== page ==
Kahler v. Kansas
Supreme Court poised to take a deeper look at “insanity” in criminal law
Kraig Kahler faces the death penalty for murdering his wife, his two daughters and his wife’s grandmother. According to the record, Kahler’s issues began with his wife taking a lesbian lover. Kahler initially agreed, in hopes he could be a part of the action, but at some point he got jealous. The wife left him. Unable to handle the mental strain, Kahler killed everyone except his son at a Thanksgiving get-together. Feel free to Google the guy for more about the emotional story.
Having been sentenced to death, Kahler now appears at the Supreme Court arguing Kansas’s criminal law is unconstitutional. Kahler wants to seek relief from the death penalty by way of “insanity.” Psychological reports show Kalher suffering from narcissism, histrionic personality disorder and obsessive compulsions.
The insanity defense
In many states, Kahler could argue for the “insanity” defense based on his illnesses. Traditionally, someone qualifies as “insane” if he didn’t know the “nature and quality of his actions” or if he didn’t know his actions were wrong (M’Naughten Rule, 1843 England). According to the “insanity defense,” an “insane” person has diminished culpability, and criminal codes with the defense do not punish the insane according to the regular rules. Under this the traditional “insanity defense,” Kahler would argue his mental disorders prevented him from understanding the wrongfulness of his actions.
However Kansas doesn’t allow a traditional “insanity” defense. In the 90’s, Kansas decided it doesn’t want to give murderers a chance to prove they didn’t really “appreciate” the wrongfulness of their actions. Kansas’s rule is narrower. It’s called the “mens rea” approach.
“Mens rea” refers to someone’s guilty state of mind. Only if a person can prove she was so affected by mental illness that she was unable to intend to commit the crime can the person get relief. Someone whose world is so affected by mental illness that she’s walking around in virtual reality swinging swords but not actually thinking she’s murdering anyone can qualify for the “mens rea” approach. Not Kahler, who knew he was killing his family and intended to do so but did it because he’s a deranged narcissist.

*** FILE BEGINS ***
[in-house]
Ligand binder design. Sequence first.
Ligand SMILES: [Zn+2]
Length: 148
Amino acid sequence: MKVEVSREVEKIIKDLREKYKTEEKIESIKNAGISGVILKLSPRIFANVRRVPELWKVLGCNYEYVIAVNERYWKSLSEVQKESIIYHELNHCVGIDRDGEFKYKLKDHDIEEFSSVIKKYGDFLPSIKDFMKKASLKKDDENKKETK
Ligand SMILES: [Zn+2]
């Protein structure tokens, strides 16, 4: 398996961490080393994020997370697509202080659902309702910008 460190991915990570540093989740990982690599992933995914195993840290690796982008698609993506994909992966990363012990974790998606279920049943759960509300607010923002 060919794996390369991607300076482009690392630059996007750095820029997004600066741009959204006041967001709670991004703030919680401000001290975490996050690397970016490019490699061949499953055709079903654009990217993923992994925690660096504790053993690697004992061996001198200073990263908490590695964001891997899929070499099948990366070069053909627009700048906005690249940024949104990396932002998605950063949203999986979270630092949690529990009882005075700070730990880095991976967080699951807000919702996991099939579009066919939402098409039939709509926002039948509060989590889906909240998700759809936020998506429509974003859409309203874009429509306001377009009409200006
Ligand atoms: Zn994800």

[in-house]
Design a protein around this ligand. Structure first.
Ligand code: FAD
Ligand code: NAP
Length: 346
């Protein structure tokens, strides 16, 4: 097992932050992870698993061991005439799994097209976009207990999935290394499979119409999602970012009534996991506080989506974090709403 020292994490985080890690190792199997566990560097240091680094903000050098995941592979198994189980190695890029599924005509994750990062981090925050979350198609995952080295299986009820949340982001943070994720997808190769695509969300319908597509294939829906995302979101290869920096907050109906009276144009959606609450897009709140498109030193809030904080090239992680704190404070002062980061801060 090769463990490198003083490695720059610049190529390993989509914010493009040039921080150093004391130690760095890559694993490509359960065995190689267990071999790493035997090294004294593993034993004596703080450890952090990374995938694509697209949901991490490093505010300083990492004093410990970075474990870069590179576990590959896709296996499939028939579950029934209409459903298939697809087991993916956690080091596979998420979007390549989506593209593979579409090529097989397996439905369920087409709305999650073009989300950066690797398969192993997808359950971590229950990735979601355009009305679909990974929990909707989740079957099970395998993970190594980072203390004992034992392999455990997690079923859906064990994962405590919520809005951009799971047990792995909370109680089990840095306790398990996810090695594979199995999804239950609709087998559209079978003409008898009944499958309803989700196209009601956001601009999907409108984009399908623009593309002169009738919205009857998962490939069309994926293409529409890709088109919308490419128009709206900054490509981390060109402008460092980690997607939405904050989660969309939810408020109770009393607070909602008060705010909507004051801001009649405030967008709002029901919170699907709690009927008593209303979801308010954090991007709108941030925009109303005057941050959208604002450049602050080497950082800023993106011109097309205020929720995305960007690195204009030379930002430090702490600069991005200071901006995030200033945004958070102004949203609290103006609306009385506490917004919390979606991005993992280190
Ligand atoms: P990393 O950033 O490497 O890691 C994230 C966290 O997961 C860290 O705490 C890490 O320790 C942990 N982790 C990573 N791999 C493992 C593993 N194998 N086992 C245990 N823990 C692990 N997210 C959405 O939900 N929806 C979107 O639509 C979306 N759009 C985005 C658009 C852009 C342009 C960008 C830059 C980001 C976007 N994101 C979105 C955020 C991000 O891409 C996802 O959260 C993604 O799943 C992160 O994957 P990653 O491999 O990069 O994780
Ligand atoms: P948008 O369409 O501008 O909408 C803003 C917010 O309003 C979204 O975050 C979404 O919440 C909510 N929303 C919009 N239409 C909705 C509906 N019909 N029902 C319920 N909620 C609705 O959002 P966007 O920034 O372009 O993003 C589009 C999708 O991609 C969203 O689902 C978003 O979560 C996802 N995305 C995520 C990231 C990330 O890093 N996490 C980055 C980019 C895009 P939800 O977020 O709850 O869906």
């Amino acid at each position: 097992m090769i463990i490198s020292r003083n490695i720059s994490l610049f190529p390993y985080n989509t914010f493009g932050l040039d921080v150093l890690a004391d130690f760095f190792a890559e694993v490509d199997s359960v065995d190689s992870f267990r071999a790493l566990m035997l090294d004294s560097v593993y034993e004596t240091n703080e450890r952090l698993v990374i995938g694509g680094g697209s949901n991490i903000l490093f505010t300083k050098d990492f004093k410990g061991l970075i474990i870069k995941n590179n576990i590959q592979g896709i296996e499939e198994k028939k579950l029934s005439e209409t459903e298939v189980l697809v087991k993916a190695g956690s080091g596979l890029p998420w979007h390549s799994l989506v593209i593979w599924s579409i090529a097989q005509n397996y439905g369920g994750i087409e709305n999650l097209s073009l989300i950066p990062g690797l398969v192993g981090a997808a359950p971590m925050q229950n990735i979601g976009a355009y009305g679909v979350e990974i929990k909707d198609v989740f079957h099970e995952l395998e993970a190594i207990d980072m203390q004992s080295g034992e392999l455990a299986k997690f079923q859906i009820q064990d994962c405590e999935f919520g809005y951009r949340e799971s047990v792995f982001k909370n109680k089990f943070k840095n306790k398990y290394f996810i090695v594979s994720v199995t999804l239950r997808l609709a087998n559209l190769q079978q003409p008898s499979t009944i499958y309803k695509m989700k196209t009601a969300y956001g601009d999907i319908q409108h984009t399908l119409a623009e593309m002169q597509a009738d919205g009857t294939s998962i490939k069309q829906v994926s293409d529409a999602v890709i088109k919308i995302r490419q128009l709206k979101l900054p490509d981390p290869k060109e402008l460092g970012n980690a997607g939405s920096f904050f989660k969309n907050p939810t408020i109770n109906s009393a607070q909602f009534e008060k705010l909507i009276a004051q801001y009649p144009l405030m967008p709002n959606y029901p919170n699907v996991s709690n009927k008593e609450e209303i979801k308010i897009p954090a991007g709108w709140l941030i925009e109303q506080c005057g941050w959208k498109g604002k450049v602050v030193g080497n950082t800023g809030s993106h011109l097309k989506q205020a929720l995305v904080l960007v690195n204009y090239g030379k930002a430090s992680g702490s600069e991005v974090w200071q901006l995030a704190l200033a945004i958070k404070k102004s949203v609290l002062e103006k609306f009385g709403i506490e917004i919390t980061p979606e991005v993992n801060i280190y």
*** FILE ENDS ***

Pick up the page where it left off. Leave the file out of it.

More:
Is Kansas’s “mens rea” rule an acceptable replacement of the traditional “insanity” defense? That’s the question in this case.
Although the “insanity” defense has been around for a while in U.S. legal history, the Constitution does not specifically say that the government must provide it. Kahler must argue the requirement to give the insanity defense is elsewhere in the Constitution.
The Eighth Amendment says the government can’t give people “cruel and unusual” punishments. The Constitution also says, more generally, the government can’t take someone’s life or liberty without “due process” of law. Kahler says Kansas’s “mens rea” approach runs afoul of both Constitutional requirements.
According to Kahler, the “insanity defense,” which separates people who are morally blameless has been a part of Anglo-American criminal law since the 14th century. People who lack the ability to distinguish between right and wrong lack a necessary quality to deserve punishment: culpability. The “insanity defense” has been a part of legal history in this country, not by chance but by virtue of the purpose of criminal law. Accordingly, the Eighth Amendment’s ban against “cruel and unusual” punishments incorporates that governments must have an insanity defense that goes easy on the morally blameless. Similarly, the insanity defense in incorporated into the Fourteenth Amendment’s due process clause.
Our graphic shows how the “insanity defense” intends to pick out people on the spectrum of how morally blameless they are. At one end of the spectrum, there are people with bad character traits that aren’t morally blameless. In fact, they could be normal. At the other end, there are the “insane”: people who are so fundamentally confused as a result of their illnesses that they cannot distinguish between right and wrong. Kahler argues states must have an insanity defense that picks out the morally blameless.
Kansas, in return, says there’s nothing in the Constitution that says states must go easy on people who can’t distinguish right and wrong. What Kansas has done, rather, is to make a policy judgment that the people it will go easy on are the ones that are so delusional that they were unable to form the intent for crime. If someone’s reality is so affected by illness that she murdered someone by pulling a gun trigger thinking it was a water gun, she didn’t actually form the intent for murder. Kansas’s “mens rea” approach would grant that defendant a defense. But, Kansas says, the Constitution doesn’t require a state to pick out who is “morally blameless,” in the way of the traditional rule. In fact, Kansas notes, even determining who is “morally blameless” requires a policy call. What is morally blameless? Kansas says it’s people who can’t form the intent for the crime.
The Supreme Court will hear arguments on October 7, 2019.